Photo: Chesnot/Getty Images

Facebook is negotiating with the Federal Trade Commission over a possible multi-billion dollar fine to settle an investigation into privacy violations by the firm, the Washington Post reported Thursday.

Why it matters: Previous FTC privacy fines levied against tech firms have been in the (low) millions, not billions. A major fine would send a message to Facebook — and other tech giants — that the commission is determined to rein in careless treatment of user privacy.

The background: The Post story follows its report last month that the agency’s commissioners had met to discuss a possible fine — a sign that the probe into the company, which were made public with the Cambridge Analytica revelations last March, was further along.

  • Facebook and the FTC reached an agreement on privacy in 2011, and critics say that the Cambridge Analytica affair and other Facebook data controversies show that the company has repeatedly violated that settlement.

What's next: If Facebook fails to reach a settlement with the FTC, the agency can seek remedies in court.

Go deeper

Senate advances Amy Coney Barrett nomination, setting up final confirmation vote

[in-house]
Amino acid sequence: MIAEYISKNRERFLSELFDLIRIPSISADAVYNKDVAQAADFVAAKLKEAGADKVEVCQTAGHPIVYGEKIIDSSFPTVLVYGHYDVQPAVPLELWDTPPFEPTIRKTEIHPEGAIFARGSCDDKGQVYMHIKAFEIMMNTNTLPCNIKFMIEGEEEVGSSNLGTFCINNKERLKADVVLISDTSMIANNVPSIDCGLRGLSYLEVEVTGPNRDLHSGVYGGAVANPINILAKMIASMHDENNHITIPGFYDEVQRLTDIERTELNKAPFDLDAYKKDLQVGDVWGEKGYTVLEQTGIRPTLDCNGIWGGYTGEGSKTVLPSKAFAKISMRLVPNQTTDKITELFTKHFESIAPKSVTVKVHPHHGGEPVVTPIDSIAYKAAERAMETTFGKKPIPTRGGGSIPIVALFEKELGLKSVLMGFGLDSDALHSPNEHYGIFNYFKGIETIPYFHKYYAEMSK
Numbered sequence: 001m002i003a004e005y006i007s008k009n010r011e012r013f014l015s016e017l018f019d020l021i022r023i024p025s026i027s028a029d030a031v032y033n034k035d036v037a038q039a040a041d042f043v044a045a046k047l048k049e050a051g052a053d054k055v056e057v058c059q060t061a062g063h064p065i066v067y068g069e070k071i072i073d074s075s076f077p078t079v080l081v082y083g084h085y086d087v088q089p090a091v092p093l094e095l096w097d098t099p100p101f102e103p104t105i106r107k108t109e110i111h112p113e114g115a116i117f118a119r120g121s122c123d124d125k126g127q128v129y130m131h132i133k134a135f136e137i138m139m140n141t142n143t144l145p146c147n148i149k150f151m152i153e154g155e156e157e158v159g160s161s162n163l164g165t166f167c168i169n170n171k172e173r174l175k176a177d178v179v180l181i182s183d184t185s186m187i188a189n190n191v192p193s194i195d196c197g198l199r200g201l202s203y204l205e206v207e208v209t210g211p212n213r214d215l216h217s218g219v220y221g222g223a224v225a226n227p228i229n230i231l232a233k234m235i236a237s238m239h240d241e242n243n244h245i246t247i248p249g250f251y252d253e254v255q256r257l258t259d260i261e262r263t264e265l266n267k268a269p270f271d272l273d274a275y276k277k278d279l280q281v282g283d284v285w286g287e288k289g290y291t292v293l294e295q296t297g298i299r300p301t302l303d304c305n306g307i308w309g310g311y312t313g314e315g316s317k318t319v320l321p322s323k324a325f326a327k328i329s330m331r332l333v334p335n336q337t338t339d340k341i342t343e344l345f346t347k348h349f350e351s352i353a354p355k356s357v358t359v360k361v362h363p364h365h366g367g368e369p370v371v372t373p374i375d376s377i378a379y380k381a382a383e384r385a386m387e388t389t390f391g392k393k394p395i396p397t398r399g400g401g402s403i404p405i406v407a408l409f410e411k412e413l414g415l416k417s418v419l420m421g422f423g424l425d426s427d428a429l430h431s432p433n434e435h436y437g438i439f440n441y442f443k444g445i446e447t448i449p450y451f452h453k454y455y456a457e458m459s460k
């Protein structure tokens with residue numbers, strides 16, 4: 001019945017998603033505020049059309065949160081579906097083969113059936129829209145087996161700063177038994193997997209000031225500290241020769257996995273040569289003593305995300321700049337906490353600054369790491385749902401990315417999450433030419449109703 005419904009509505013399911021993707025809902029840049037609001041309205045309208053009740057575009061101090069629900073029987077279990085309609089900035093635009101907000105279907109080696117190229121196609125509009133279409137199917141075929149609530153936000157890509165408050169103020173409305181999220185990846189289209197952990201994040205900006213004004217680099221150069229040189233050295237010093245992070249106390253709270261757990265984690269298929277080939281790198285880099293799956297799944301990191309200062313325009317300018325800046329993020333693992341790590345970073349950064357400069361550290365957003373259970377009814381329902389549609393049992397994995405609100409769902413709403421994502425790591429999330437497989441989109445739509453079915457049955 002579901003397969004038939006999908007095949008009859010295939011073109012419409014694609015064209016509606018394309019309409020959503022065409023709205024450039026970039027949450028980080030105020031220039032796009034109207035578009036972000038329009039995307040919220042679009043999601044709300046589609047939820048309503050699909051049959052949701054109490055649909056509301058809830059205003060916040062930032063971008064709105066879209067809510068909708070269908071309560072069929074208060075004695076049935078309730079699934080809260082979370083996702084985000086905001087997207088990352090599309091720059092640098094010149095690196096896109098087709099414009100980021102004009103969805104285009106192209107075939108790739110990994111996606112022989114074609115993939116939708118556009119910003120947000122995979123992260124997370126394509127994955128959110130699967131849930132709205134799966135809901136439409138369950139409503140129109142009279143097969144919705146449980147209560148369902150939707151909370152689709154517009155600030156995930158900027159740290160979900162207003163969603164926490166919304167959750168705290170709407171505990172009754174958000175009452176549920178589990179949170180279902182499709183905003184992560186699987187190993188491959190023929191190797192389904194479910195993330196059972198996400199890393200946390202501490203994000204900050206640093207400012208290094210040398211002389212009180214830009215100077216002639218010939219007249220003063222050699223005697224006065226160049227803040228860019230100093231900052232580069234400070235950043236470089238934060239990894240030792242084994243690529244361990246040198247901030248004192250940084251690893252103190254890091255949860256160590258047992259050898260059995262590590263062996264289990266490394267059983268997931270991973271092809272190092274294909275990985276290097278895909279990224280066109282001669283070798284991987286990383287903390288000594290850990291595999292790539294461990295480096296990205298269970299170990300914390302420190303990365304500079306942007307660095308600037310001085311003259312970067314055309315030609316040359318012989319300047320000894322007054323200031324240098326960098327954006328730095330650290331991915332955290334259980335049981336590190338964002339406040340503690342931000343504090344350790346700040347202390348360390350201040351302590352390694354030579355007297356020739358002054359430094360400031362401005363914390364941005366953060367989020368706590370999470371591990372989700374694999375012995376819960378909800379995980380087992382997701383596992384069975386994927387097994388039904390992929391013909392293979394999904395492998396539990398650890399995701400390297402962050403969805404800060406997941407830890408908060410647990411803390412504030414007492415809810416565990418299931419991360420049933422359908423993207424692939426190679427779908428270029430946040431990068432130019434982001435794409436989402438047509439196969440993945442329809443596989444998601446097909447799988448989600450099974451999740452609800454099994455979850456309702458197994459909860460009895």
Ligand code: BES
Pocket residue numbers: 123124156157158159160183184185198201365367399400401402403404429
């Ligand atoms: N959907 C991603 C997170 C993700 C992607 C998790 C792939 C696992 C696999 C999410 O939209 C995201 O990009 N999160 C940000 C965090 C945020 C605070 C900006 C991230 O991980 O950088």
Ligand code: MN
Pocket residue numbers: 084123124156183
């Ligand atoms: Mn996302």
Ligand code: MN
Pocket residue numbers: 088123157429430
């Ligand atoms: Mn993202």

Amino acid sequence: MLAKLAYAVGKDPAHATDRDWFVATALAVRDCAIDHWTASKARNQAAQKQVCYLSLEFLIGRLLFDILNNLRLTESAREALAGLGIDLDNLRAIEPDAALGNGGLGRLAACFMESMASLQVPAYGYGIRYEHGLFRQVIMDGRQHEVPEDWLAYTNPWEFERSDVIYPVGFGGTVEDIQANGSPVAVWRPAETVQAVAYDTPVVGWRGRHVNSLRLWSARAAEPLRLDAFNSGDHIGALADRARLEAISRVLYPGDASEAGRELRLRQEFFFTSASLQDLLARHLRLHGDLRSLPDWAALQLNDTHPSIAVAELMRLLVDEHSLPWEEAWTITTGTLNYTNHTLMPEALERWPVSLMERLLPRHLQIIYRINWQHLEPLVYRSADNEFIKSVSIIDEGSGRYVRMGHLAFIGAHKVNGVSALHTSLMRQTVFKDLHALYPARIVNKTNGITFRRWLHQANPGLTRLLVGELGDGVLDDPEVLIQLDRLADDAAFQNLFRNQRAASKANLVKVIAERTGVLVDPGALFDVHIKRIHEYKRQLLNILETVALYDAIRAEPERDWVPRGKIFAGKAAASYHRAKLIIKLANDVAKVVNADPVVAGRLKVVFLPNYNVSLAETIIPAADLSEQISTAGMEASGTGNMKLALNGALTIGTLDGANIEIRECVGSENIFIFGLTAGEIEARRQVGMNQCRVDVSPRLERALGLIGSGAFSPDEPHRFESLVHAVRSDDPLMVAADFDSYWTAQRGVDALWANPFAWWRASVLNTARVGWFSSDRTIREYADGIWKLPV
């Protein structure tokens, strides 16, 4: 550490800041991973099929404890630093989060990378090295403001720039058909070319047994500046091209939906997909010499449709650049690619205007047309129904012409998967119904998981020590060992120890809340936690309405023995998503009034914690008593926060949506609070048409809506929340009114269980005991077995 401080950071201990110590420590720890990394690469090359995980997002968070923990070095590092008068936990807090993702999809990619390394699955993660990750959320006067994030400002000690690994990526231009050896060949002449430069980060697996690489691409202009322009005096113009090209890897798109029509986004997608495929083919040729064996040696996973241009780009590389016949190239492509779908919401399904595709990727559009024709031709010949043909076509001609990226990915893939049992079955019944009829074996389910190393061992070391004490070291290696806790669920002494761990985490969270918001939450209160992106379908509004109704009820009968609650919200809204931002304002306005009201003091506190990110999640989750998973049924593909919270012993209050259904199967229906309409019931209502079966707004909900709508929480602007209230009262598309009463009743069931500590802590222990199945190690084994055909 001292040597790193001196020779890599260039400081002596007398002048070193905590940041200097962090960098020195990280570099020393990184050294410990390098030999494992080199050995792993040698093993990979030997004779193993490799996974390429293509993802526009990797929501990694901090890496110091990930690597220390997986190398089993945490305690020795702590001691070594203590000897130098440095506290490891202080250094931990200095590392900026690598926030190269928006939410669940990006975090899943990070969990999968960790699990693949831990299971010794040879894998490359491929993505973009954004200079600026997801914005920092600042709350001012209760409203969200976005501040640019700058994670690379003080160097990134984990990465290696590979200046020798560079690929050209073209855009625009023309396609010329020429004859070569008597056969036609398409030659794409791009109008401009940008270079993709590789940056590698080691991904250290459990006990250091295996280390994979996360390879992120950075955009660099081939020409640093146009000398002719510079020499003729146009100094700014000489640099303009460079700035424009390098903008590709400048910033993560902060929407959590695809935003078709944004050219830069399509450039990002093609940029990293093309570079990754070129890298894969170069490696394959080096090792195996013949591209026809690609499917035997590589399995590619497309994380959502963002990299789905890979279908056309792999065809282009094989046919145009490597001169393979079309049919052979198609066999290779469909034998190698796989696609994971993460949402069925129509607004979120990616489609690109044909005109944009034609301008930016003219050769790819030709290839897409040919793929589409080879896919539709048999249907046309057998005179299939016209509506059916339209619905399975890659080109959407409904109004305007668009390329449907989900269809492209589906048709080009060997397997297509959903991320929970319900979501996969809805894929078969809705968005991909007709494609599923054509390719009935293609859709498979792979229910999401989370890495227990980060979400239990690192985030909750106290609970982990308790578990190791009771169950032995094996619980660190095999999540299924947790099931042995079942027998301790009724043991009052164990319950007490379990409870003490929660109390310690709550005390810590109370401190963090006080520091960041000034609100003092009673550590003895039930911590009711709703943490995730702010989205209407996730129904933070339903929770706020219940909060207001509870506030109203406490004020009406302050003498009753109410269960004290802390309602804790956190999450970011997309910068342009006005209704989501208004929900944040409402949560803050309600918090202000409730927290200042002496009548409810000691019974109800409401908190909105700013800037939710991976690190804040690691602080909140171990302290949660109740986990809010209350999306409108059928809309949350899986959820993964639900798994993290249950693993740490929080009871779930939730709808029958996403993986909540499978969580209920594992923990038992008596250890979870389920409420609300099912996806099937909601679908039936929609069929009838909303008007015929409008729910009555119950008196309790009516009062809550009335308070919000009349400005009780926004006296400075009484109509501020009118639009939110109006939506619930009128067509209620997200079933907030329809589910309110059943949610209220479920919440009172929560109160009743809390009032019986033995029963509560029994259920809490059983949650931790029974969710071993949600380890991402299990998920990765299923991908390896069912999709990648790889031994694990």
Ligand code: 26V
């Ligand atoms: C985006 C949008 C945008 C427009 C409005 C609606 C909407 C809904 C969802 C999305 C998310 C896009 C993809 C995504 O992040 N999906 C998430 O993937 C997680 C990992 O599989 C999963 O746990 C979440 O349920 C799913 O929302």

Photo: Xinhua/Ting Shen via Getty Images

The Senate voted 51-48 on Sunday to advance the Supreme Court nomination of Judge Amy Coney Barrett, setting up a final confirmation vote for Monday.

Why it matters: It's now virtually inevitable that the Senate will vote to confirm President Trump's third Supreme Court nominee before the election, which is just nine days away.

Felix Salmon, author of Capital
2 hours ago - Economy & Business

Wall Street is living up to its bad reputation

Illustration: Sarah Grillo/Axios

Recent headlines will have you convinced that Wall Street is hell-bent on living up to all of its stereotypes.

Driving the news: Goldman Sachs is the biggest and the boldest, paying more than $5 billion in fines in the wake of the 1MDB scandal, in which billions were stolen from the people of Malaysia.

2 hours ago - Health

Ex-FDA chief: Pence campaigning after COVID exposure puts others at risk

Former FDA commissioner Scott Gottlieb said "the short answer is yes" when asked whether Vice President Mike Pence is putting others at risk by continuing to campaign after several aides tested positive for COVID-19, stressing that the White House needs to be "very explicit about the risks that they're taking."

Why it matters: The New York Times reports that at least five members of Pence's inner circle, including his chief of staff Marc Short and outside adviser Marty Obst, have tested positive for the virus. Pence tested negative on Sunday morning, according to the VP's office, and he'll continue to travel for the final stretch of the 2020 campaign.

Get Axios AM in your inbox

Catch up on coronavirus stories and special reports, curated by Mike Allen everyday

Please enter a valid email.

Subscription failed
Thank you for subscribing!